Can't Get You Out Of My Head: The artists who turned down Kylie's 'song of the decade'

  • Oops!
    Something went wrong.
    Please try again later.
  • Oops!
    Something went wrong.
    Please try again later.
·News Reporter
·4-min read
In this article:
  • Oops!
    Something went wrong.
    Please try again later.
  • Oops!
    Something went wrong.
    Please try again later.
Can't Get You Out Of My Head: The arists who turned down Kylie's 'song of the decade'
Kylie released Can't Get You Out Of My Head 20 years ago today.

Whether we know her for her iconic Neighbours character, her endless musical hits or her anti-name-trademark tirade against Kylie Jenner, Kylie Minogue has long been a household name.

But it was on 8 September, 2001, that the already successful Australian's defining hit Can’t Get You Out Of My Head was released, pushing her into superstardom.

From Charlene to superstar

Kylie was a Melbourne girl who, after a few small gigs, achieved recognition in 1986 when she landed a role in daily Aussie soap Neighbours, which also had a huge audience in the UK. Her character Charlene Robinson became a fan favourite.

In 2019 Kylie even told Graham Norton that "Kylie Charlene" had been a popular baby name at the time.

Kylie Minogue and Jason Donovan pictured together on the set of Neighbours. Source: Getty Images
Kylie Minogue first gained global fame as a star on Aussie soap Neighbours alongside Jason Donovan. (Getty Images)

Kylie’s stint on Neighbours came to an end in 1988 after she found pop success with the huge hit I Should Be So Lucky the previous year.

She did not leave the show empty-handed, though.

Thanks to Neighbours, she became the first person to win four Logie Awards in one year, and the youngest recipient of the Gold Logie for Australia’s Most Popular Television Performer.

Kylie Minogue in front of lots of cameras. Source: AAP
Kylie balanced music and acting during Neighbours but decided to focus just on the music in 1988. (AAP)
The Aussie star's iconic outfit from the Can't Get You Out Of my Head video was put on display in an exhibition in London in 2007. (Getty)
The Aussie star's iconic outfit from the Can't Get You Out Of My Head video was put on display in an exhibition in London in 2007. (Getty)

By the early 1990s, Kylie already had a few more top ten singles under her belt, having already released the likes of The Loco-Motion and Hand On Your Heart.

Later, Spinning Around and On A Night Like This also took off, solidifying Kylie as a top pop star in the industry. But the best was yet to come.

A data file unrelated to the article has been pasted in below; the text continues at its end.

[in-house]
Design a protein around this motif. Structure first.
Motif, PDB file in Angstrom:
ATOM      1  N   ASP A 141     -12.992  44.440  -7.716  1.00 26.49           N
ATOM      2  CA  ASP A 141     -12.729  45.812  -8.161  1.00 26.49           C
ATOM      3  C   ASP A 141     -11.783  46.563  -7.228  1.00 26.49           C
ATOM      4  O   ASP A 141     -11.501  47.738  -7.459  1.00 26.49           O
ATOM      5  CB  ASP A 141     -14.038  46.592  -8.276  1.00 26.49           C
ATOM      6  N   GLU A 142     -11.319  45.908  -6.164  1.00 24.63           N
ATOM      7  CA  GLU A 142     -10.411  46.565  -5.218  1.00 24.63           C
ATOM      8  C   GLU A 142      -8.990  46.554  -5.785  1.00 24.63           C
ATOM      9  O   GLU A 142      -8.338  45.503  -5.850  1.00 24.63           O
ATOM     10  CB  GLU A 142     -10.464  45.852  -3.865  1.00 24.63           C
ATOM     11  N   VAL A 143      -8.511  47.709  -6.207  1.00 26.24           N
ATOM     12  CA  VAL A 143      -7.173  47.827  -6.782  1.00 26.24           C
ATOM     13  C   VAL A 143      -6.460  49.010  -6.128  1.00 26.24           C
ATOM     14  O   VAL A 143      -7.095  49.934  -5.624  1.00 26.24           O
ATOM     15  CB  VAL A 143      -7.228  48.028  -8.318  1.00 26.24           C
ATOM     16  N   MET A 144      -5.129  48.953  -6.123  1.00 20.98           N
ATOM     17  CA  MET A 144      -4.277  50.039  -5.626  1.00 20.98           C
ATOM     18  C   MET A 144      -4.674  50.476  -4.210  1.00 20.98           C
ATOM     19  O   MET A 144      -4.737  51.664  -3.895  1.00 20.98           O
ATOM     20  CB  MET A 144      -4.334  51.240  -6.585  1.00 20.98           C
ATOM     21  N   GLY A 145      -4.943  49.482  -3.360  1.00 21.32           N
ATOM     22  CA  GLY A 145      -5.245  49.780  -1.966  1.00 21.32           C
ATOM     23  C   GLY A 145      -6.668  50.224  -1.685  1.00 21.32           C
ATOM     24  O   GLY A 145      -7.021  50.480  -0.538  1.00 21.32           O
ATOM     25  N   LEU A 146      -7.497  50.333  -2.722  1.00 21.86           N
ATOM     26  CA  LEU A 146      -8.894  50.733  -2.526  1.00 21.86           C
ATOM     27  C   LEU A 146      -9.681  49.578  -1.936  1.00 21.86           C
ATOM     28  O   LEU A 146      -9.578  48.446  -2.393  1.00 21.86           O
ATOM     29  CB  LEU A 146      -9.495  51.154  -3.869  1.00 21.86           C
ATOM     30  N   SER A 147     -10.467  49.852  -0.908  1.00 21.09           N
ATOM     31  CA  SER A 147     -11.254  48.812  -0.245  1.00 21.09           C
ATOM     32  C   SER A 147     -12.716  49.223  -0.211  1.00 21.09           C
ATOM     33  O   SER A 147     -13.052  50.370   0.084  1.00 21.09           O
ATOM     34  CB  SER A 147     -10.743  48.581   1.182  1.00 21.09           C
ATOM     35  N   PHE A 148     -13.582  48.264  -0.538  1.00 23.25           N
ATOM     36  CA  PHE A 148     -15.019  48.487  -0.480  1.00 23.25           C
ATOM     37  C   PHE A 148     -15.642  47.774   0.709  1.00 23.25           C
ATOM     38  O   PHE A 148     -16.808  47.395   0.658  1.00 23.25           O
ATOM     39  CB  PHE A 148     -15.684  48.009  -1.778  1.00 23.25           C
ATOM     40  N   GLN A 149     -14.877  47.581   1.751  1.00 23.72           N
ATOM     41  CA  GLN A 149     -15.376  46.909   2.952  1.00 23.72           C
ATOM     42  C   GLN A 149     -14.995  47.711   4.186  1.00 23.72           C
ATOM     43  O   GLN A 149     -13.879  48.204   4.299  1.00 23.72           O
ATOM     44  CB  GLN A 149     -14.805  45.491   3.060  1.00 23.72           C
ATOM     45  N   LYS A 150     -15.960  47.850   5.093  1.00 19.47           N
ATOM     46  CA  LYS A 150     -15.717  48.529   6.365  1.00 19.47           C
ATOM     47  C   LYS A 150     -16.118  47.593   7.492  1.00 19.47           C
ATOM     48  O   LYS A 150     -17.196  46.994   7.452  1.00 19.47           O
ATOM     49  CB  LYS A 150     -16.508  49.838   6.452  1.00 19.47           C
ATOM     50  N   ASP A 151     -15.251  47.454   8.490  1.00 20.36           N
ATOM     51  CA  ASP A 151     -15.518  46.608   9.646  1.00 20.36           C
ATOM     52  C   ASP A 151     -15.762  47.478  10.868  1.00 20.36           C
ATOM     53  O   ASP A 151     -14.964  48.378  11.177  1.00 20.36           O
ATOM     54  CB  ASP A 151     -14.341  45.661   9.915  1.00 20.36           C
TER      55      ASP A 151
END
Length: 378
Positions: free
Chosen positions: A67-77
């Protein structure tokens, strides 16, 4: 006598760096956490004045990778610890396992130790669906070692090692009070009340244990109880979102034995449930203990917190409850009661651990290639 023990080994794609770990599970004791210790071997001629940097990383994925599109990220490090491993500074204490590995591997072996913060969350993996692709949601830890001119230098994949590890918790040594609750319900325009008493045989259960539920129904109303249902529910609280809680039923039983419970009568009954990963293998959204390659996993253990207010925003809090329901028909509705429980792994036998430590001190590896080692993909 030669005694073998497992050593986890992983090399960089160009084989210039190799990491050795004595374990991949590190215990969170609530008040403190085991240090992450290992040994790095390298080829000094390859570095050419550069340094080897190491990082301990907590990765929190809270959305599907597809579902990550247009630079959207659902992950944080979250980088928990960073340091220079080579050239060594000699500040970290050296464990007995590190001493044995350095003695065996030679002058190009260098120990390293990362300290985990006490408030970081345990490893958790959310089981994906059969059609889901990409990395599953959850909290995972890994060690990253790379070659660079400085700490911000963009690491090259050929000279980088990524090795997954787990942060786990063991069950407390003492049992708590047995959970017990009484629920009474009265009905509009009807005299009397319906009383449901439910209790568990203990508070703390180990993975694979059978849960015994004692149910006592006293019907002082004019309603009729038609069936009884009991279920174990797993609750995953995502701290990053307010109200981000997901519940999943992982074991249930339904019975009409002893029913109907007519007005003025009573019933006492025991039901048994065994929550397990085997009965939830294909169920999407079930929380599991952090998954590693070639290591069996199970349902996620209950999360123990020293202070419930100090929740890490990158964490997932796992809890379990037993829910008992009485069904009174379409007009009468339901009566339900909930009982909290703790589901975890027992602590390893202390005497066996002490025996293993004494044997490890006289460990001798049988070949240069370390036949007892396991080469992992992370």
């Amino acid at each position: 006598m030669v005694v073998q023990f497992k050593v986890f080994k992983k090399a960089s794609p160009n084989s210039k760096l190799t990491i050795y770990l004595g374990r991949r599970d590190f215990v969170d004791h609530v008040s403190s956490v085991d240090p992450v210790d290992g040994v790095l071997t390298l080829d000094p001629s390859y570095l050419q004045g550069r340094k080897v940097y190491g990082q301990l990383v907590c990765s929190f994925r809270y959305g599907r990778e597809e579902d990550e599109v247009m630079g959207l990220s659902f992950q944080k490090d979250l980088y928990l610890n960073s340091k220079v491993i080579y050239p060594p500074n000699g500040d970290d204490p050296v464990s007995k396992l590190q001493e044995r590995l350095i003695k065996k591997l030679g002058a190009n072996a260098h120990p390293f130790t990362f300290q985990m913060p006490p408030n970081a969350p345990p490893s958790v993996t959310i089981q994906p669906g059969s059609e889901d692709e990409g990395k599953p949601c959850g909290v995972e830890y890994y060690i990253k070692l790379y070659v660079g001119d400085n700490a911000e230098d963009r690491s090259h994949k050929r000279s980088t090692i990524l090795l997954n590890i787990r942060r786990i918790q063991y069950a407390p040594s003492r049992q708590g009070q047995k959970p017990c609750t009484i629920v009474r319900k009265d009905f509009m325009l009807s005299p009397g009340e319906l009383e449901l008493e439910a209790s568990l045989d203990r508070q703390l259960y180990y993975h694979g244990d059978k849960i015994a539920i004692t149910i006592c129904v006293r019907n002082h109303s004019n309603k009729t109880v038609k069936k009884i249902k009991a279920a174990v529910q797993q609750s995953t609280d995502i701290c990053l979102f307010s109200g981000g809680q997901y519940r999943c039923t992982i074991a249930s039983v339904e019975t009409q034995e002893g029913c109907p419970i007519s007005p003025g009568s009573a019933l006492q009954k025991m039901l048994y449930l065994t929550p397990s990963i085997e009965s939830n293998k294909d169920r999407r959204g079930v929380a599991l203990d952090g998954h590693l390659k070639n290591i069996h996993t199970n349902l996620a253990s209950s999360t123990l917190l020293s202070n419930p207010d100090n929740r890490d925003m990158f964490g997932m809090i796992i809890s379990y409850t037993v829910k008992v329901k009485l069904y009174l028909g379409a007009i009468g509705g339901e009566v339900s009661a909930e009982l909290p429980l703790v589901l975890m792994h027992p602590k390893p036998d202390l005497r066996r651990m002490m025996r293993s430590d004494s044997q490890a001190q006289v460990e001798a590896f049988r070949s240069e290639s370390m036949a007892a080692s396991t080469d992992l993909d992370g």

Making history

Kylie was approached to record Can’t Get You Out of My Head after it was unsuccessfully pitched to S Club 7's manager Simon Fuller and also Sophie Ellis-Bextor. 

She reportedly agreed to record it after hearing only 20 seconds of the demo.

Speaking in 2001, the song's co-writer Cathy Dennis – who had created the pop classic in just three and a half hours with collaborator Rob Davis – said: "Even though Kylie wasn’t the first artist to be offered the song... I don’t believe it was meant to go to anyone other than Kylie, and I don’t believe anyone else would have done the incredible job she did with it, with the video, looking super-hot!"

In 2001, Kylie released her eighth studio album Fever, featuring Can’t Get You Out of My Head as the headline song, and people quickly fell in love.

The hypnotic "la-la-la" lyrics were an instant hit with listeners, and the song skyrocketed to success.

READ MORE 'On This Day' 

What was the first ever item sold on eBay?

The wreck of the Titanic is finally found... 73 years after it sank

Why Tupac Shakur's murder still remains 'unsolved' 25 years on

In fact, Can’t Get You Out Of My Head was one of the most successful singles of the 2000s, selling over 5 million units and charting at No 1 in 40 countries.

Artists who turned down Can't Get You Out Of My Head
S Club 7 and Sophie Ellis-Bextor both turned down Can't Get You Out Of My Head.

In 2012 music royalties company PRS recognised it as one of the songs of the decade.

Fever remains Kylie’s bestselling album, with more than 6 million copies sold worldwide.

Kylie has often commented on the popularity of the song and its influence on her career, telling Paper magazine in 2019: “If another Can't Get You Out Of My Head came my way I would take it, thank you very much.”

Kylie Minogue performing on stage. Source: Reuters.
Comments on Kylie's YouTube videos are overwhelmingly positive. (Reuters)

Hit song's legacy

In 2012, New Musical Express ranked Can’t Get You Out Of My Head at No 4 in its Greatest Pop Songs in History.

And in 2020, Rolling Stone ranked her at No 3 on its 50 Greatest Australian Artists of All Time list.

Kylie’s work has had a wide-ranging effect on the music industry, with up and coming stars like Dua Lipa citing her as an influence.

Still making music in 2020 with the release of her album Disco, Kylie remains a household name three decades after stepping on to the scene.

With 200 million Spotify listens for Can’t Get You Out Of My Head and matching statistics on its YouTube music video, the world surely won’t forget this iconic pop hit any time soon.

You might say, we can't get it out of our heads.

Watch: Ed Sheeran and Kylie Minogue collaborate on new song

Our goal is to create a safe and engaging place for users to connect over interests and passions. In order to improve our community experience, we are temporarily suspending article commenting